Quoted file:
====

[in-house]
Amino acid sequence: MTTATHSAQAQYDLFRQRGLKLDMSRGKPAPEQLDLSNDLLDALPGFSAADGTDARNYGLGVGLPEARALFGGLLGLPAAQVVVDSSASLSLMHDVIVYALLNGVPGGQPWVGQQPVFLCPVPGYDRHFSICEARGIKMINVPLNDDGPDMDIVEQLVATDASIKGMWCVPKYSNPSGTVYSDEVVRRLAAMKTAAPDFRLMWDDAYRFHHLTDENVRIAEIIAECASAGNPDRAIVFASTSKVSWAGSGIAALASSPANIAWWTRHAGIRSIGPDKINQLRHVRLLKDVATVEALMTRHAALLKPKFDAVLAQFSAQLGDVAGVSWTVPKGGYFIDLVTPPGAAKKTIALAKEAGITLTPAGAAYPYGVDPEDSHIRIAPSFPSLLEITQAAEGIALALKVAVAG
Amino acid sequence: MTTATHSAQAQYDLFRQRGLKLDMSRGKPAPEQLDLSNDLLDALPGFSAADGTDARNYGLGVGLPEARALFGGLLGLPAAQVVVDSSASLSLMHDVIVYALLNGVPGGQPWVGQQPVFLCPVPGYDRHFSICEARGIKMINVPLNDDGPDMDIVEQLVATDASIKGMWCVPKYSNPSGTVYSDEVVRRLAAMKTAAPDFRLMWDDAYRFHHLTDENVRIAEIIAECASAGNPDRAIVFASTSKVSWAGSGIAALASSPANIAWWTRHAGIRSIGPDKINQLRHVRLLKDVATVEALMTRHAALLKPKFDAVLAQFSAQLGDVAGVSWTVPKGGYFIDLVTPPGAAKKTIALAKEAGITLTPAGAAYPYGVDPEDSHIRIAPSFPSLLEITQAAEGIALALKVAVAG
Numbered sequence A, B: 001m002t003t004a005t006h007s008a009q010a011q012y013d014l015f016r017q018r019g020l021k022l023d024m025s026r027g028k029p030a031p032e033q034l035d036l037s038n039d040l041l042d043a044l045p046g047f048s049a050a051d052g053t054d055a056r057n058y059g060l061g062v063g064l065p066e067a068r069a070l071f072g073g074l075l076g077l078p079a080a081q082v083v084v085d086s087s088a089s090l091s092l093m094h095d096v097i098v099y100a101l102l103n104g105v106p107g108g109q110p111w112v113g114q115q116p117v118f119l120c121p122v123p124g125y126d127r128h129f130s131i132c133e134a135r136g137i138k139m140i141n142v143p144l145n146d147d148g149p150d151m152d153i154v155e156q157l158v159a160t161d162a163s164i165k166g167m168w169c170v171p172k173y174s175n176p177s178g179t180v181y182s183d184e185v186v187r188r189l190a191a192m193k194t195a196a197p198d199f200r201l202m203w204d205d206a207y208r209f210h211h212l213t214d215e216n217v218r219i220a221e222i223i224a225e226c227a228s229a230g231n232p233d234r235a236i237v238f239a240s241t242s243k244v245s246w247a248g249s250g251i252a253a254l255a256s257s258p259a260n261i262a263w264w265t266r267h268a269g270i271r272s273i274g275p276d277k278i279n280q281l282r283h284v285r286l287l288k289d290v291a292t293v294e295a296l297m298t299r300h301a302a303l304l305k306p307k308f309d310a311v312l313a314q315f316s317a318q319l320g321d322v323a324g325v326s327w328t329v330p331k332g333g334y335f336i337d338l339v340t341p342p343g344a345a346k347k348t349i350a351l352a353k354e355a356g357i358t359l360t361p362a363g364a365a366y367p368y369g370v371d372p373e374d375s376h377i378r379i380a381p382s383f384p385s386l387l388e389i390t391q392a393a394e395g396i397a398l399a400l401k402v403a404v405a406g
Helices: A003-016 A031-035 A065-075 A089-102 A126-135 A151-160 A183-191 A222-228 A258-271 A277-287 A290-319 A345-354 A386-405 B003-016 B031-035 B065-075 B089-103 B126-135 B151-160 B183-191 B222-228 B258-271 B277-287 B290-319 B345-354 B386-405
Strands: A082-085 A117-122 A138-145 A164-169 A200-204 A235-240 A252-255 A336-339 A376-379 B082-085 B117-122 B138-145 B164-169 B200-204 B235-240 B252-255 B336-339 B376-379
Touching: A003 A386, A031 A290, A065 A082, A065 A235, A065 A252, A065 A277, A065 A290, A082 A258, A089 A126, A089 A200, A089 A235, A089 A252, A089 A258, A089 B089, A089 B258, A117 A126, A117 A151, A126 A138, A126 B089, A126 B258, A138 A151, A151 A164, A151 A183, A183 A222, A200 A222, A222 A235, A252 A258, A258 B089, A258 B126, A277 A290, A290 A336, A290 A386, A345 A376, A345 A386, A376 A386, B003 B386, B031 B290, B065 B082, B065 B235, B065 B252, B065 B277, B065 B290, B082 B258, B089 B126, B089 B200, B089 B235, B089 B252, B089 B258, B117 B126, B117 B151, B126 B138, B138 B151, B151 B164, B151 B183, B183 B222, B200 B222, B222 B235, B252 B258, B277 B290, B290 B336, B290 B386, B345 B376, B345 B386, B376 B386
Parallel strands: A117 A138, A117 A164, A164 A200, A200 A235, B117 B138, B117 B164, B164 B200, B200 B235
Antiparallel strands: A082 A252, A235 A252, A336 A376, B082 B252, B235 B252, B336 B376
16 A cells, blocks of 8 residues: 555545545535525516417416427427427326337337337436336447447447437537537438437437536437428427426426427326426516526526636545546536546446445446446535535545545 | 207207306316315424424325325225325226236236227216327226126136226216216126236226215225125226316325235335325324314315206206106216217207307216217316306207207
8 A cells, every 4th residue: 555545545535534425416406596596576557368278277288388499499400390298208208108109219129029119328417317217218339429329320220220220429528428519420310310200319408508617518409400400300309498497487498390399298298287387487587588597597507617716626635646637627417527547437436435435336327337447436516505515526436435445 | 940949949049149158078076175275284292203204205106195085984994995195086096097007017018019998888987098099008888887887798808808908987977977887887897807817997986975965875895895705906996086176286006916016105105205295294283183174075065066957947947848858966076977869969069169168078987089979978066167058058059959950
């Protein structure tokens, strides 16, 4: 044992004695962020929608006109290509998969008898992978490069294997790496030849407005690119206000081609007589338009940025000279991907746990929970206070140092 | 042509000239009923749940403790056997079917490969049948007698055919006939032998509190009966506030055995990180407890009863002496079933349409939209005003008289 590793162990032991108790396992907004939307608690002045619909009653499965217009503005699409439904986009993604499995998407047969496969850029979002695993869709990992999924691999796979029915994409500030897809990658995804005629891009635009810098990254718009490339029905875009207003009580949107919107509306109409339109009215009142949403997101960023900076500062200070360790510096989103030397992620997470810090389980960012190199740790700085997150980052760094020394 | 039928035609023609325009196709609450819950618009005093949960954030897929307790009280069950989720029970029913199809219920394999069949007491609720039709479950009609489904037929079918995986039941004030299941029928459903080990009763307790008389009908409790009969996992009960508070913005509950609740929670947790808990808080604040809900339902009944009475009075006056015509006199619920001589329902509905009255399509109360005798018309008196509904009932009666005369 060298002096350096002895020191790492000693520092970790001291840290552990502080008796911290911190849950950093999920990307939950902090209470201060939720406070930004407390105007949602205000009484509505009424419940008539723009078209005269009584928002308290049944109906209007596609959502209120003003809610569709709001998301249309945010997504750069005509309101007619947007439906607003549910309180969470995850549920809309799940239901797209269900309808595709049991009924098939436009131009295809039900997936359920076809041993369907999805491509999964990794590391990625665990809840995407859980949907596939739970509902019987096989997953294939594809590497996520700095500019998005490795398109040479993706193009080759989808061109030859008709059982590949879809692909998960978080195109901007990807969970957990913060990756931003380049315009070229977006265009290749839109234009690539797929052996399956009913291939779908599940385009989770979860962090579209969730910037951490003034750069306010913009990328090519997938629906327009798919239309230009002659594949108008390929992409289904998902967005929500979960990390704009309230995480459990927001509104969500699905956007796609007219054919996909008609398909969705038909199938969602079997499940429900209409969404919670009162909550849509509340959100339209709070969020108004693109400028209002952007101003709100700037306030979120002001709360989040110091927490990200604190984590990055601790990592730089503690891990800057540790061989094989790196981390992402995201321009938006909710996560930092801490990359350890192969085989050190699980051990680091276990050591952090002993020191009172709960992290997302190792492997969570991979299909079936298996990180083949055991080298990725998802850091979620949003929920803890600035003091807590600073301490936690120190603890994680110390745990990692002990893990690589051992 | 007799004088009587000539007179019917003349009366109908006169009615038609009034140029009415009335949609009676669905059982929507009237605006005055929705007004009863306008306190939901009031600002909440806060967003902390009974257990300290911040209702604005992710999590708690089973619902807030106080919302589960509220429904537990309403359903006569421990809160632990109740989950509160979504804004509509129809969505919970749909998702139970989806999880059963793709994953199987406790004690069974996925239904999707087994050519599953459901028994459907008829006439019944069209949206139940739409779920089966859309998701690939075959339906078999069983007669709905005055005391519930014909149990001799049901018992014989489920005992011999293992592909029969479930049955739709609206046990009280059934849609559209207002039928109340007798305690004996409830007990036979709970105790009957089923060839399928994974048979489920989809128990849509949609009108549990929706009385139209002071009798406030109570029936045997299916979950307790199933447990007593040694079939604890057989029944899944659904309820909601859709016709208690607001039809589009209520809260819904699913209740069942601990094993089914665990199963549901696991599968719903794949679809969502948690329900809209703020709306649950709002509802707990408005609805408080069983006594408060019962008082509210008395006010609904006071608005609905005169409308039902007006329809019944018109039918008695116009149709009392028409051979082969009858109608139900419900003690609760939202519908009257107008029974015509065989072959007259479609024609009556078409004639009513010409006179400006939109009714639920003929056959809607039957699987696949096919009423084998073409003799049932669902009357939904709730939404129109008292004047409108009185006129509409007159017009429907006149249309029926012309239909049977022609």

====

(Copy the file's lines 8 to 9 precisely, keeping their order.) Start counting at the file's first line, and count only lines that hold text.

Parallel strands: A117 A138, A117 A164, A164 A200, A200 A235, B117 B138, B117 B164, B164 B200, B200 B235
Antiparallel strands: A082 A252, A235 A252, A336 A376, B082 B252, B235 B252, B336 B376